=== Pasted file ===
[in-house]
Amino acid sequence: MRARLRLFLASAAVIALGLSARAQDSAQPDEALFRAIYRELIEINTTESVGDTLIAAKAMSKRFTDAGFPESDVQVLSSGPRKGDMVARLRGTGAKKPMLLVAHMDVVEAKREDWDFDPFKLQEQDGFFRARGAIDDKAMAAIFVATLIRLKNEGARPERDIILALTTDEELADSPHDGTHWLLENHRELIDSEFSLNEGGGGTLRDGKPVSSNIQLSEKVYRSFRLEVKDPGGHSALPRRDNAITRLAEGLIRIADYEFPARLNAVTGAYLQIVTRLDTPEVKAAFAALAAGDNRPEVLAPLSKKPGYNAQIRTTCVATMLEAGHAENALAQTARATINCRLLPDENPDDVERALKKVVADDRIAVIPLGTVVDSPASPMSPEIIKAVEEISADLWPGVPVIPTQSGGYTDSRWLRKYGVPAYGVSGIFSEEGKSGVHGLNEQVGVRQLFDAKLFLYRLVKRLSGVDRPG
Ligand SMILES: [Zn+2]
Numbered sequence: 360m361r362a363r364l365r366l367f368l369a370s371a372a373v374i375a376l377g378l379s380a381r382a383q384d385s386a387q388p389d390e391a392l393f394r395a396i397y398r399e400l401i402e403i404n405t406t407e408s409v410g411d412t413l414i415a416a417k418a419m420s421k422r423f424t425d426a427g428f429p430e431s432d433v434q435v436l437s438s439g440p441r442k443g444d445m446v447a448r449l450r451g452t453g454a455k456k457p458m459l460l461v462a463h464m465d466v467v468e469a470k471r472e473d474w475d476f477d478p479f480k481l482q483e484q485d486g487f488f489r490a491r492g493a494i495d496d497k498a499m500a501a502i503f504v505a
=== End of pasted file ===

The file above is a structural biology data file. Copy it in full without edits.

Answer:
[in-house]
Amino acid sequence: MRARLRLFLASAAVIALGLSARAQDSAQPDEALFRAIYRELIEINTTESVGDTLIAAKAMSKRFTDAGFPESDVQVLSSGPRKGDMVARLRGTGAKKPMLLVAHMDVVEAKREDWDFDPFKLQEQDGFFRARGAIDDKAMAAIFVATLIRLKNEGARPERDIILALTTDEELADSPHDGTHWLLENHRELIDSEFSLNEGGGGTLRDGKPVSSNIQLSEKVYRSFRLEVKDPGGHSALPRRDNAITRLAEGLIRIADYEFPARLNAVTGAYLQIVTRLDTPEVKAAFAALAAGDNRPEVLAPLSKKPGYNAQIRTTCVATMLEAGHAENALAQTARATINCRLLPDENPDDVERALKKVVADDRIAVIPLGTVVDSPASPMSPEIIKAVEEISADLWPGVPVIPTQSGGYTDSRWLRKYGVPAYGVSGIFSEEGKSGVHGLNEQVGVRQLFDAKLFLYRLVKRLSGVDRPG
Ligand SMILES: [Zn+2]
Numbered sequence: 360m361r362a363r364l365r366l367f368l369a370s371a372a373v374i375a376l377g378l379s380a381r382a383q384d385s386a387q388p389d390e391a392l393f394r395a396i397y398r399e400l401i402e403i404n405t406t407e408s409v410g411d412t413l414i415a416a417k418a419m420s421k422r423f424t425d426a427g428f429p430e431s432d433v434q435v436l437s438s439g440p441r442k443g444d445m446v447a448r449l450r451g452t453g454a455k456k457p458m459l460l461v462a463h464m465d466v467v468e469a470k471r472e473d474w475d476f477d478p479f480k481l482q483e484q485d486g487f488f489r490a491r492g493a494i495d496d497k498a499m500a501a502i503f504v505a